If you already have one or more kids in child care, it's likely not news that it's an expense that's getting even more expensive. Roughly two-thirds of parents have reported spending 20% or more of their household income on child care, marking a notable increase from the 51% that reported that rate of spending in 2022, CBNC reported based on an annual report from Care.com.
This reality can leave many parents stuck between a rock and a hard place, as child care is often a non-negotiable expenditure. If you're in that situation, here are some tips to consider to help you better afford the child care help you need.
1. See if your employer offers assistance
One possible avenue towards child care savings is your employer. According to Bankrate, "some employers offer child care assistance as an added benefit for their employees." And even if this specific benefit isn't offered, other benefits you may have previously overlooked like "educational assistance, pre-tax transportation plans, adoption assistance and gym memberships (some offer child care) are all ways you can cut costs," noted What to Expect.
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Reach out to your HR representative to learn what options are available, or pull out your employee benefits package for a review.
2. Tap your (DC)FSA or a tax credit
As CNBC explained, often employers will offer a child care FSA or dependent care FSA (DCFSA), which "typically allows you to set aside up to $5,000 per year using pretax dollars from your paycheck." You could use those funds to reimburse a portion of your child care costs.
Just know that if you take advantage of a DCFSA, you can't then also claim the child care tax credit, another cost-cutting option at your disposal. As Money Crashers explained it, the child care tax credit "returns a percentage of your child care expenses, depending on your income, with a cap of $3,000 per qualifying child ($6,000 for two or more children)."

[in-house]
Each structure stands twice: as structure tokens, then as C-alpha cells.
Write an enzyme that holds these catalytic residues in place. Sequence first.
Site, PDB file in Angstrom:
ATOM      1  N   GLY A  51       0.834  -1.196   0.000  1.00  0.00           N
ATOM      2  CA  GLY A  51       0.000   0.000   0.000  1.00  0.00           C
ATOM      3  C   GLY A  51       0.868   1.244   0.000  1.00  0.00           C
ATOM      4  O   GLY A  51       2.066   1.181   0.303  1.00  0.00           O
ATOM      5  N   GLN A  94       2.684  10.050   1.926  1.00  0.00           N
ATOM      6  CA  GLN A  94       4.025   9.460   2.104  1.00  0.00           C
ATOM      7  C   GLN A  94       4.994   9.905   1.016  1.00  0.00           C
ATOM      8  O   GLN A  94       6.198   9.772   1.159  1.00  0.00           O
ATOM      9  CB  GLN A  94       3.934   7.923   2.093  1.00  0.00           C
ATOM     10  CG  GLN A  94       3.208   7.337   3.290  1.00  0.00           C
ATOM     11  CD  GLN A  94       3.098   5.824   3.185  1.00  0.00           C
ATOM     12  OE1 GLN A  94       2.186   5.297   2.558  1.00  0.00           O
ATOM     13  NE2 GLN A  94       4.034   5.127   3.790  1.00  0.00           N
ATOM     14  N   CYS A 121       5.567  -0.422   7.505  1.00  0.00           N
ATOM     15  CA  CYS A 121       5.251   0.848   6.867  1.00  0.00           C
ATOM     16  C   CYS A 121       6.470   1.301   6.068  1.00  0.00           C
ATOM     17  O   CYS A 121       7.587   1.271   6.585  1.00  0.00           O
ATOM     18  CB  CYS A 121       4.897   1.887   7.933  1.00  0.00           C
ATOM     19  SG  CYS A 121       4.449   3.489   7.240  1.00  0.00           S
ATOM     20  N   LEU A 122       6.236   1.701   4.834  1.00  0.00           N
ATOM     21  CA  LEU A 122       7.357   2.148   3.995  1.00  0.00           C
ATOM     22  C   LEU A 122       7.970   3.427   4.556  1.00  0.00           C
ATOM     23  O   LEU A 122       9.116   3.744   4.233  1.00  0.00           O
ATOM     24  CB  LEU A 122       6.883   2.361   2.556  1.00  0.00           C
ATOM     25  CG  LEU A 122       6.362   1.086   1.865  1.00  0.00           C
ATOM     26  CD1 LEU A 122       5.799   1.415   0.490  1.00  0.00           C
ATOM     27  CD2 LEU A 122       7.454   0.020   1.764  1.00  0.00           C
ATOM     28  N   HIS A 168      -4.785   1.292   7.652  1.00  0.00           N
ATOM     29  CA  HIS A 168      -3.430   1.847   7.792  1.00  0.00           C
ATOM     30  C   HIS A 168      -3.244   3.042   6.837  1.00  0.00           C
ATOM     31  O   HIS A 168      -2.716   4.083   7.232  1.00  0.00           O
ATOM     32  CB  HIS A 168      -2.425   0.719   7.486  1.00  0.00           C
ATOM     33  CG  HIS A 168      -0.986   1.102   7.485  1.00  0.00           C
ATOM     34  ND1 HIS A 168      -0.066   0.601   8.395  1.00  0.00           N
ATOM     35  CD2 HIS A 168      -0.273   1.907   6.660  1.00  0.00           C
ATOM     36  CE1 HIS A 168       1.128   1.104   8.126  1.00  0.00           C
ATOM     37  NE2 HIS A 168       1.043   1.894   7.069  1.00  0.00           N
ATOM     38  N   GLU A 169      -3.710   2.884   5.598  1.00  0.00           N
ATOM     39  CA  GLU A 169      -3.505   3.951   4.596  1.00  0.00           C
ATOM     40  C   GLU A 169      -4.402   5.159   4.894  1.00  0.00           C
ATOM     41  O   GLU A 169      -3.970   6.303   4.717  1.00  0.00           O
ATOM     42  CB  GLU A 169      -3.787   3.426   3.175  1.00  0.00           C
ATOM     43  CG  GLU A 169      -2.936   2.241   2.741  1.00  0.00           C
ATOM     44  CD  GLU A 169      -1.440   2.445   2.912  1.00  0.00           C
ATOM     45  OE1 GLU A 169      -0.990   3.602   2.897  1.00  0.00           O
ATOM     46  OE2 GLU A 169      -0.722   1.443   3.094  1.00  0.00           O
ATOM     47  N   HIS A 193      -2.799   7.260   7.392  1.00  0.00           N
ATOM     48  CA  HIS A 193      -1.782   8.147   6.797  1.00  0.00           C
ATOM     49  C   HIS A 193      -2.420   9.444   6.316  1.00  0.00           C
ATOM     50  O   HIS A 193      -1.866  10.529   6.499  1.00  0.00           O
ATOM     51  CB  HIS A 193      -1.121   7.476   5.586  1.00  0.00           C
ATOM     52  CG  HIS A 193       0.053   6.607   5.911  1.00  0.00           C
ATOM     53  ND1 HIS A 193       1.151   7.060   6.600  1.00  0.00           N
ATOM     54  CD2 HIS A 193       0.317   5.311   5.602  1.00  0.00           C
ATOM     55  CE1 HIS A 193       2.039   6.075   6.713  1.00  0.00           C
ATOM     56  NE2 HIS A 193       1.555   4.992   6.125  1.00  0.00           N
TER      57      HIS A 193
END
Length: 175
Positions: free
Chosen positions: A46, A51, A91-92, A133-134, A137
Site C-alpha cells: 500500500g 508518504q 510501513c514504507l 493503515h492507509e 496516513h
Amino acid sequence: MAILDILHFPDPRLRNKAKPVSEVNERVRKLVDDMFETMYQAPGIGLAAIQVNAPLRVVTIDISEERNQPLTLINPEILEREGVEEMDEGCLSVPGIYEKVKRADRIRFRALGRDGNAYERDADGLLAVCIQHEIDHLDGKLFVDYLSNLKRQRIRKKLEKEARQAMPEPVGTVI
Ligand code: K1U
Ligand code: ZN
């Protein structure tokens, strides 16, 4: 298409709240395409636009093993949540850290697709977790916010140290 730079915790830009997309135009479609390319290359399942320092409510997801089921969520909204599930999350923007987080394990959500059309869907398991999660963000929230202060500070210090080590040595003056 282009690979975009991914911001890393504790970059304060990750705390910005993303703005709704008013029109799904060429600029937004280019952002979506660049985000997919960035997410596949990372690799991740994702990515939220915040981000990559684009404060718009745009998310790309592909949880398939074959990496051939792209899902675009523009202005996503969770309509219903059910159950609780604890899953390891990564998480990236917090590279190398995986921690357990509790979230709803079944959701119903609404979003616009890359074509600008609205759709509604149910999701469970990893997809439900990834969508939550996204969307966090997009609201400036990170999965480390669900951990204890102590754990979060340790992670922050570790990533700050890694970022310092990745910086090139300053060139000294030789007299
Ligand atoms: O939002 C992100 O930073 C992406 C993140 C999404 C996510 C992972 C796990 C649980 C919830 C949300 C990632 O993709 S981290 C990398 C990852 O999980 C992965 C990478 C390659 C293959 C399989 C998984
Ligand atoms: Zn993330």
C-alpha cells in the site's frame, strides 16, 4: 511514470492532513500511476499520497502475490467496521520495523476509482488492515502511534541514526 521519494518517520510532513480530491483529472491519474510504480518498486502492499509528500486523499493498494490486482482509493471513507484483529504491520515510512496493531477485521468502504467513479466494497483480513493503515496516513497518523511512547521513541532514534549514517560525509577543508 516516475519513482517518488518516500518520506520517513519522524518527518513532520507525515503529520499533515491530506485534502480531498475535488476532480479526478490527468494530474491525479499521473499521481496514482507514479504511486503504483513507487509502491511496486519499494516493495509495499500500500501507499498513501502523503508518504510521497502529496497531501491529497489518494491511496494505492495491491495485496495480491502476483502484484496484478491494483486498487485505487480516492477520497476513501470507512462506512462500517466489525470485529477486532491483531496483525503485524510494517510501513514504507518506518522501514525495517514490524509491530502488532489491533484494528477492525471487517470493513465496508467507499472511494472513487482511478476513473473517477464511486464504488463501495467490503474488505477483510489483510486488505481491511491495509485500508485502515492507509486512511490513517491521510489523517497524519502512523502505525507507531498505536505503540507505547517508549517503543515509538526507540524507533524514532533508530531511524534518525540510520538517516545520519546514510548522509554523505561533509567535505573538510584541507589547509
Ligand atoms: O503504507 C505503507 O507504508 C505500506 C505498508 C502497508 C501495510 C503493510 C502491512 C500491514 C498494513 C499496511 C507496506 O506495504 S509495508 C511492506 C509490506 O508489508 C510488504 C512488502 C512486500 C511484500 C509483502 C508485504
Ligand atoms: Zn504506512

As such, you might want to "speak with an accountant before opening a DCFSA, especially if you have more than one qualifying child, to determine which option makes the most sense for you," Money Crashers advised.
3. Get into the nitty gritty of your budget
You may think you've already stretched your budget as tight as it can get, but on further review, there are almost always new opportunities to cut back that you can identify. You can then use those extra funds you find to help with covering child care.
And if you don't already have a budget, creating a plan is essential to making your money work harder for you. As What to Expect contended, "if you create a family budget to reduce expenses (and stick to it), you’ll come out ahead." Plus, by mapping everything out, there's the added bonus of realizing that child care costs are usually on a "fixed timeline," which "can help alleviate the pain of reducing your expenses," pointed out What to Expect.
4. See if you can secure a discount
Per Bankrate, "many child care providers will offer a discount for additional children after your first." If you're dropping off more than one kid at the same daycare and not already receiving a discount, it's worth talking to your provider to see if they might be able to work with you.
Similarly, you might look into pooling resources with other families that you know through work or, your neighborhood, or your local playground. As Bankrate noted, "sharing one care provider may be less costly than hiring a private nanny to watch over your children."
5. Reassess your work schedule
While the prospect of rearranging your work schedule may seem daunting, it could offer some much-needed relief. For instance, you might approach your employer about working from home one or more days per week or going part-time, given that "some day care centers charge by the day instead of the week," according to Ramsey Solutions.
Or, if you have a co-parent, you might attempt to coordinate your schedules to better stagger your availability to take care of the kids and cut down on the amount of time you need to rely on outside childcare. You might even explore this option with a family member, adjusting your work schedule around their availability to help out.
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